Bat for Lashes
Fur and Gold
2006
B-



bat for Lashes (or Natasha Khan as she’s otherwise known) is the shiest singer I’ve ever seen. I first stumbled across her as the support act at a gig in March where she was barely able to whisper or look up from her piano throughout, gold makeup and headband only enhancing the air of strange fragility. But with two similarly timid band mates offering only minimal backing (largely handclaps and viola), she silenced the room with songs of an intensity way beyond the expectations of what her brand of twee-folk would have you imagine could. By all accounts it’s a trick she’s often repeated since.

Khan’s music is usually quite bare and doesn’t stray too far from regular song structures but is still rarely straightforward, full of unusual sounds and ambiguous meaning. There are some hints of Kate Bush and particularly Björk here, “Bat’s Mouth” is most obviously like the latter, working itself up to an extended, ecstatic whoop of joy set to music. Khan’s vocals share much of Björk’s naïve otherworldliness throughout as well, if not quite the elastic emotional range. But looking past the inevitable female singer-songwriter comparisons, there are closer kindred spirits. Fur And Gold’s galloping, commanding opener “Horse And I” is a less harsh cousin to Patrick Wolf’s “The Libertine.”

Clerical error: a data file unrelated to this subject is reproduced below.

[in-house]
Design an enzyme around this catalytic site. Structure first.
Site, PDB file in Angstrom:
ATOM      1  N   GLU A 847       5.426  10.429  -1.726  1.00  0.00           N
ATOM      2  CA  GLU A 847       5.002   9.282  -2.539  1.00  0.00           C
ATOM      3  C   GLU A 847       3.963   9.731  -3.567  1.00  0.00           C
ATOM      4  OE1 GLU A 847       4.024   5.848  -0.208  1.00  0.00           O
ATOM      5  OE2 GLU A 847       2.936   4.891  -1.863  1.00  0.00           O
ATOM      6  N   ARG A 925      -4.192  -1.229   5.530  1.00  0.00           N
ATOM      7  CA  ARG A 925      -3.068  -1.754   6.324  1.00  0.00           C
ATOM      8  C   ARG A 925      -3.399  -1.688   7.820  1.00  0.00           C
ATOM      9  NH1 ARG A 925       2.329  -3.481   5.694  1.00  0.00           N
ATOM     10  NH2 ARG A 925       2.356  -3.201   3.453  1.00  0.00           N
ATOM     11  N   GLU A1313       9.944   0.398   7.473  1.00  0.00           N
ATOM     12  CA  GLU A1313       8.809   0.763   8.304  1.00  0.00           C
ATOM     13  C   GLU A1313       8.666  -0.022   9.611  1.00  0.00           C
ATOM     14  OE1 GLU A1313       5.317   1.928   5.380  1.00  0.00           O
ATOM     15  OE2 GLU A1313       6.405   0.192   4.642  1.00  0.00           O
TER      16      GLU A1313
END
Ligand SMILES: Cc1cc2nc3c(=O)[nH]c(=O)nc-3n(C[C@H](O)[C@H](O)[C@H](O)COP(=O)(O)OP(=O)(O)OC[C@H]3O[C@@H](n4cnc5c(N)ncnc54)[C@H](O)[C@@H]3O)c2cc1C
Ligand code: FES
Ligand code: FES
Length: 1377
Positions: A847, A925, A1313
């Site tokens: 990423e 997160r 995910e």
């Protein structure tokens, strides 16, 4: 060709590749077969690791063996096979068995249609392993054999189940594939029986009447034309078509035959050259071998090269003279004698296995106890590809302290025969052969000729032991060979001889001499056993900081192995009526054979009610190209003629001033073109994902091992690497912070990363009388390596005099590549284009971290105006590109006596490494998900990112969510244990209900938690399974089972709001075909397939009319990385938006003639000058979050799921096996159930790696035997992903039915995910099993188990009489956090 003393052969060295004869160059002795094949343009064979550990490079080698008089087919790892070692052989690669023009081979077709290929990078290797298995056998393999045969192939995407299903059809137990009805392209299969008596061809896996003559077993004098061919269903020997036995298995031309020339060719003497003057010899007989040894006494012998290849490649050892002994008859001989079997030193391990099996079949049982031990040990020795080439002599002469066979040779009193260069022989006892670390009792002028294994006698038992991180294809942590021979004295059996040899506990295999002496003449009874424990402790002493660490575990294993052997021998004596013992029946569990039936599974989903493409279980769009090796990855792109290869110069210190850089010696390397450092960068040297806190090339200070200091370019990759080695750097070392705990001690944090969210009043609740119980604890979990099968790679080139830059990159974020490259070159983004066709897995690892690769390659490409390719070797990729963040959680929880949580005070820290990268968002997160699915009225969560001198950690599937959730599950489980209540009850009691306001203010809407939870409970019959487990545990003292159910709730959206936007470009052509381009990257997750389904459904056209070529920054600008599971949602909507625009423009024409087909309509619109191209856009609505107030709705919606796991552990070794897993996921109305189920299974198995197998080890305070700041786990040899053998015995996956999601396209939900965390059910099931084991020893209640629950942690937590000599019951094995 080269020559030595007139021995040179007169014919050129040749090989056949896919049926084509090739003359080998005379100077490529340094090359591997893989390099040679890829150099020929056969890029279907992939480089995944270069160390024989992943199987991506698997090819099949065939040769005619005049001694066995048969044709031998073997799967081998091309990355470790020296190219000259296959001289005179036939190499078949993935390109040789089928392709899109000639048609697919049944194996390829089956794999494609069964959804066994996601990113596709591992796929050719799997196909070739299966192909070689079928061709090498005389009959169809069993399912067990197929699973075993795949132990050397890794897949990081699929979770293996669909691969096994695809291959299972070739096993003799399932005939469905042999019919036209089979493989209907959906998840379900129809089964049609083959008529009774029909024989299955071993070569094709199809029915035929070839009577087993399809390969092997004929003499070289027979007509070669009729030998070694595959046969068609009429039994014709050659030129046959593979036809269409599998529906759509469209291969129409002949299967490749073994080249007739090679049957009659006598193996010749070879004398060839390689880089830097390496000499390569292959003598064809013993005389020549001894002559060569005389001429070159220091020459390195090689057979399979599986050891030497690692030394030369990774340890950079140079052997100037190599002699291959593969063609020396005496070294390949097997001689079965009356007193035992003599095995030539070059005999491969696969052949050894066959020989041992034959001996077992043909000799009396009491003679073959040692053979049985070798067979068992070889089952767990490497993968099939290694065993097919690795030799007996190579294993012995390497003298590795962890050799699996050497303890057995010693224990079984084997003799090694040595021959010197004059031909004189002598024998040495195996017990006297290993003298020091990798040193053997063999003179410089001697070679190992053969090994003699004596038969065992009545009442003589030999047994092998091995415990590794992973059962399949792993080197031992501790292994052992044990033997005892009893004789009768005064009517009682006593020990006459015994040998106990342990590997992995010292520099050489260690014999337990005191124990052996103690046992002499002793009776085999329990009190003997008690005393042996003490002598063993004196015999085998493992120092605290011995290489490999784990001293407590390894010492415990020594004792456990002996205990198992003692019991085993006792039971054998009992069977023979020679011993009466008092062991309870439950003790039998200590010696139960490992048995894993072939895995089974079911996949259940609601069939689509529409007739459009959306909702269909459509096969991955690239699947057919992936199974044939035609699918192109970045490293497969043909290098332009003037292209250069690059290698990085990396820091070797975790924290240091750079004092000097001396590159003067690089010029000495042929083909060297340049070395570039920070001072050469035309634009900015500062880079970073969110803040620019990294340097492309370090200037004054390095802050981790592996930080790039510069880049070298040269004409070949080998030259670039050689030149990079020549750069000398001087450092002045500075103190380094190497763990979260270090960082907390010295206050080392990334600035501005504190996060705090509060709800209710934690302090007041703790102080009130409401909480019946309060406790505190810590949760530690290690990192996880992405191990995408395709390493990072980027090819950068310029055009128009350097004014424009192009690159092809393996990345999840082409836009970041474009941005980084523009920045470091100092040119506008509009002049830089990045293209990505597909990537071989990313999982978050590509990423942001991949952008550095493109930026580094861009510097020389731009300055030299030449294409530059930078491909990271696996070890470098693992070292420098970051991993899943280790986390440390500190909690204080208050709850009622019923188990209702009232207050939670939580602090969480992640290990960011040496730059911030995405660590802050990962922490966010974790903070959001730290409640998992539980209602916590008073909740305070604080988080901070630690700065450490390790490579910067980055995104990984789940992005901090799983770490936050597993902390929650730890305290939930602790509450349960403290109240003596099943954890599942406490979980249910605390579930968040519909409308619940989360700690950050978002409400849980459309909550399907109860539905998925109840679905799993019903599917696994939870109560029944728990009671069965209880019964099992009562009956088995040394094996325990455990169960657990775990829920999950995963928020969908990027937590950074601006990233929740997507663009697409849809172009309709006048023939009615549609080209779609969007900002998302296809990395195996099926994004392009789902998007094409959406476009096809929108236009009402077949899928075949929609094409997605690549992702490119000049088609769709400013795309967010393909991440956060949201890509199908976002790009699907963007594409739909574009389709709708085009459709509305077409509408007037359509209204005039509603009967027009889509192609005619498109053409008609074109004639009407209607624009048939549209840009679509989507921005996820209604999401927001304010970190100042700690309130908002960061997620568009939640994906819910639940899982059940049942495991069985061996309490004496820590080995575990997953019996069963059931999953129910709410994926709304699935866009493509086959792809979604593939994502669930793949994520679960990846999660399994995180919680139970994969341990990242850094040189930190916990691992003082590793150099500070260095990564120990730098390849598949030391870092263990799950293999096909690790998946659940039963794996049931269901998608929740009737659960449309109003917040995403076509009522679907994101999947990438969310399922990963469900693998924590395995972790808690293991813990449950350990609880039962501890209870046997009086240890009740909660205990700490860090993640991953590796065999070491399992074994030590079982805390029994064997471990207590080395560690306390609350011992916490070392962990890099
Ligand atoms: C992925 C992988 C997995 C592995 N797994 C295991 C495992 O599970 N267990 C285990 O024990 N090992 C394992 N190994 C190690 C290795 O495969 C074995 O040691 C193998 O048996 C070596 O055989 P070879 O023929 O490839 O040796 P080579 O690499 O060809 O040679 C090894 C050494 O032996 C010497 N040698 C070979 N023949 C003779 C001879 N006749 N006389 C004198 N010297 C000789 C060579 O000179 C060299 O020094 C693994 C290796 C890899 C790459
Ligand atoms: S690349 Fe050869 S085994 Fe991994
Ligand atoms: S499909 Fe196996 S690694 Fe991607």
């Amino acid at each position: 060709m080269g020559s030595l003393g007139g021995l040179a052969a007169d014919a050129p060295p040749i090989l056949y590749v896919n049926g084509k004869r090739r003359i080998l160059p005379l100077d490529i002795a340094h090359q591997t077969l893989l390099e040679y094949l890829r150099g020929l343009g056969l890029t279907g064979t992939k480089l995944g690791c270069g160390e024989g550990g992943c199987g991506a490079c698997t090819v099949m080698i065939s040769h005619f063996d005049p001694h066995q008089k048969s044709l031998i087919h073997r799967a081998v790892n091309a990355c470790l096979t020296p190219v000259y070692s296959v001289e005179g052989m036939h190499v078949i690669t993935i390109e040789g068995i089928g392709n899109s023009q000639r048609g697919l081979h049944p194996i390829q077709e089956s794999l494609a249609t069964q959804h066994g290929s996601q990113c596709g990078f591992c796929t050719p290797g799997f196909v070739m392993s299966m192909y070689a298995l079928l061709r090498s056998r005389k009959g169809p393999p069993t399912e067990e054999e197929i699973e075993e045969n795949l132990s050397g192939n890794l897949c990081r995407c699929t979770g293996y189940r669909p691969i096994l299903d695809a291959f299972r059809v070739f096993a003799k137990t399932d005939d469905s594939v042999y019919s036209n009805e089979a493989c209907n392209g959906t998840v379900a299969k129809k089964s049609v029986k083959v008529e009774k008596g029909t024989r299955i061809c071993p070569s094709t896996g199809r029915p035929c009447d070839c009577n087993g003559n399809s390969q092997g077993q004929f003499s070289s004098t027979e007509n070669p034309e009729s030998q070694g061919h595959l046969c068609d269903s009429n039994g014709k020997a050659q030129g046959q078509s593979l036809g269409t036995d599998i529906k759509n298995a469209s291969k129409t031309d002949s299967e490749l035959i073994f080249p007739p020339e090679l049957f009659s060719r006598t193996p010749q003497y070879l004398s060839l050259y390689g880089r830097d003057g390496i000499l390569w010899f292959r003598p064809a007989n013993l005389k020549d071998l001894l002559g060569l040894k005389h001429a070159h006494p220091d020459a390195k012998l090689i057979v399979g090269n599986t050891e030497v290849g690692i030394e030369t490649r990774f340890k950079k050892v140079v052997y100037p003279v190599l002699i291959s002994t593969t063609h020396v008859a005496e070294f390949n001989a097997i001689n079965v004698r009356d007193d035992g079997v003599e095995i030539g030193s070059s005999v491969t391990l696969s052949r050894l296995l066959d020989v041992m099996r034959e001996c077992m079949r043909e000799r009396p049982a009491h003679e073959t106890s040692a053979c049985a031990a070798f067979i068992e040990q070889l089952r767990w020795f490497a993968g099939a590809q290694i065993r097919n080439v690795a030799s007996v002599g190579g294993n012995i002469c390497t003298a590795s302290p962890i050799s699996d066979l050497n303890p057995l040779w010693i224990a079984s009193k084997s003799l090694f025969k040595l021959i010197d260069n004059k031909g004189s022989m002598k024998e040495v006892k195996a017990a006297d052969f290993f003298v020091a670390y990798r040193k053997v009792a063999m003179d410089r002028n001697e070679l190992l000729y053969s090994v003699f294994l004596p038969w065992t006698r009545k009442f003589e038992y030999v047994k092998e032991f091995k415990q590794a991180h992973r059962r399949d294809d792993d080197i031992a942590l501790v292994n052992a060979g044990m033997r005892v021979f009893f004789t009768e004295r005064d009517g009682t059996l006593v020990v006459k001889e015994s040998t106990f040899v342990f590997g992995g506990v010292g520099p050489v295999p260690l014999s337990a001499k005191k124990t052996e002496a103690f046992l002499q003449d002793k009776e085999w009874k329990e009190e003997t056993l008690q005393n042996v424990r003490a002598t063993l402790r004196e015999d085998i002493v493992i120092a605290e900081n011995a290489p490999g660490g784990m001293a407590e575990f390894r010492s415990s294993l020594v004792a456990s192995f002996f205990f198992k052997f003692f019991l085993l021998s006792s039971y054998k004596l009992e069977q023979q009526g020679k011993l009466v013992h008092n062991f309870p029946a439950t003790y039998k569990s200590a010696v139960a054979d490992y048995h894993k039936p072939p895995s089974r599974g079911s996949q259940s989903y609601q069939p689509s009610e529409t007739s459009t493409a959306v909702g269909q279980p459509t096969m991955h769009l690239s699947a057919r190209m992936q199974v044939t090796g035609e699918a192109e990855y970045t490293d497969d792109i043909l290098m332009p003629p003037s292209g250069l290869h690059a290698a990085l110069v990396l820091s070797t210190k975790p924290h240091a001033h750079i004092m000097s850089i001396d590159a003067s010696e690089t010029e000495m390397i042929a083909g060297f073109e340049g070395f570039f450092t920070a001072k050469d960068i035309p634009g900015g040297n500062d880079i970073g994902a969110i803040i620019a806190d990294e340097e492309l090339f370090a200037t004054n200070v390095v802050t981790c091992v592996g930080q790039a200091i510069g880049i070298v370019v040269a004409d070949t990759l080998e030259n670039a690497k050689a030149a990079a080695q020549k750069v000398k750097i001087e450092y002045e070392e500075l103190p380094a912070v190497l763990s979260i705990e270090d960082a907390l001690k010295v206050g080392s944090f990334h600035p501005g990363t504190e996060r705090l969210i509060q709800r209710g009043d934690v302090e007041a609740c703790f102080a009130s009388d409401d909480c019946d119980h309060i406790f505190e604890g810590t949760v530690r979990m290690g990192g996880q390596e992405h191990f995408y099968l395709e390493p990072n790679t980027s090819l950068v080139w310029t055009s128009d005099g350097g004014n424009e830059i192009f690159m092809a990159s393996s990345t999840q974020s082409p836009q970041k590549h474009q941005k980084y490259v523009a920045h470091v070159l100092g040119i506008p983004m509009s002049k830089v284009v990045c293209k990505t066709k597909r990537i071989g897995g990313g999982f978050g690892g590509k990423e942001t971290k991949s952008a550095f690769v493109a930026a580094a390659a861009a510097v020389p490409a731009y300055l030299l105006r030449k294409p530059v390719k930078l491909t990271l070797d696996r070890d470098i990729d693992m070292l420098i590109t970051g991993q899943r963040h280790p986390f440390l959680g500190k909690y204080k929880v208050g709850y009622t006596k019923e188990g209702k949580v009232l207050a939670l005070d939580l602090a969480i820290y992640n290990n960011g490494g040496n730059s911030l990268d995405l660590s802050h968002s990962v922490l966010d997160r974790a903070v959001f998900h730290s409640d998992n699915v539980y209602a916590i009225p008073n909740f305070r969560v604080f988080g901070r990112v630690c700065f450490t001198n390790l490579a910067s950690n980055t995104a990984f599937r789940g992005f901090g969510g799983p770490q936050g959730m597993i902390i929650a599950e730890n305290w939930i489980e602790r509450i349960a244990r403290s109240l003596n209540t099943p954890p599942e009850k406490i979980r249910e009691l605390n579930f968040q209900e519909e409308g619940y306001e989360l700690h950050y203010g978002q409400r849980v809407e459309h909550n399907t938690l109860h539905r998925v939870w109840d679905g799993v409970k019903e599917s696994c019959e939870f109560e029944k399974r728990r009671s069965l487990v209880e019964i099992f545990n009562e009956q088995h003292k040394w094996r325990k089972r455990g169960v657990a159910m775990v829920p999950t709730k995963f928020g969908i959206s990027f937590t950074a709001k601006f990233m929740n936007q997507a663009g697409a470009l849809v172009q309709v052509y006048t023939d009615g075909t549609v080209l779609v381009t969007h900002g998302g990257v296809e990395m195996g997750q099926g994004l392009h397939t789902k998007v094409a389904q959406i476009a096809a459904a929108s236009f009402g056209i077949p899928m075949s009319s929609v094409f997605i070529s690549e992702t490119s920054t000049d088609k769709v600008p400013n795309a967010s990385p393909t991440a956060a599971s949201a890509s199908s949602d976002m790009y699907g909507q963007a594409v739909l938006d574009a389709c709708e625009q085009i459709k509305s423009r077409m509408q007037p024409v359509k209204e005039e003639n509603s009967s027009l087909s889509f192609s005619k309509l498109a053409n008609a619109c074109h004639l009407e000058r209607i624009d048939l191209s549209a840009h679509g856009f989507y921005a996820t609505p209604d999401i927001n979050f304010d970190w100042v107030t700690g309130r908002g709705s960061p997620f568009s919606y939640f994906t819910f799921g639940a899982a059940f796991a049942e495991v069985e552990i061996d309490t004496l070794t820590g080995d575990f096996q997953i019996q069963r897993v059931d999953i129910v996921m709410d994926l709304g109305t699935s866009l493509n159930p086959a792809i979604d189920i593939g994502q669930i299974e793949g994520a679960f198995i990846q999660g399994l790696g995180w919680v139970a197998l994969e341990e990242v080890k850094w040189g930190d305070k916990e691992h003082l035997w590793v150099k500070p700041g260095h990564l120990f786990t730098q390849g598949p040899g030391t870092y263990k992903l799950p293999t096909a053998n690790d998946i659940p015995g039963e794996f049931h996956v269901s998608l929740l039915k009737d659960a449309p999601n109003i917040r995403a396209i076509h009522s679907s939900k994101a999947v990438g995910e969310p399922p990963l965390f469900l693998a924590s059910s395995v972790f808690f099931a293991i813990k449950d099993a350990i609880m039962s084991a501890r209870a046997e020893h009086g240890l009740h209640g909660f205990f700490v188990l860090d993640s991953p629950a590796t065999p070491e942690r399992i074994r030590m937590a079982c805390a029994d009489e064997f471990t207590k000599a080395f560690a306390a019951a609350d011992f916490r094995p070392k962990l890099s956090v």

It’s a world that is crackling with magic, mystical and antiquated (when “I Saw a Light” comes across a dead couple in the back of a car, it’s probably the vehicle that’s the bigger surprise) but still full of life and danger. The sound is one of dark nights alone in the forest and days in junkshops looking for weird old instruments. Fur and Gold is admittedly not as strong and cohesive a record as Wind in the Wires. At its finest, though, it does show off a rare talent for haunting and evocative songwriting.

Single “The Wizard” best captures the sinister side of her sound, a nervous shuffle backing breathless repetitions of “the wizard comes” before a wobbly keyboard chorus and the line that lends it its startling power: “drink his blood and he’s our leader.” “Sarah” also gets beautifully evil, Khan plus ghostly backing singers telling us that “they cut out her heart when she was a little girl” before deciding to take over her life for the sake of it anyway. And rare break from the wilderness “What’s a Girl to Do?” is fantastic fun, built from ominous booms and harp over which Khan’s perfectly enunciated spoken verses detail her unhappiness with her lover in the most disdainful of tones. When she comes to sing the title question in mock exasperation, it’s with a deliciously assured sense that she already knows the answer. And what’s not to love about lines like “when your dreams are on a train to train-wreck town”? So while not yet the complete article, with songs like these Bat for Lashes may yet have reason to be much more confident.


Reviewed by: Iain Forrester
Reviewed on: 2006-10-02
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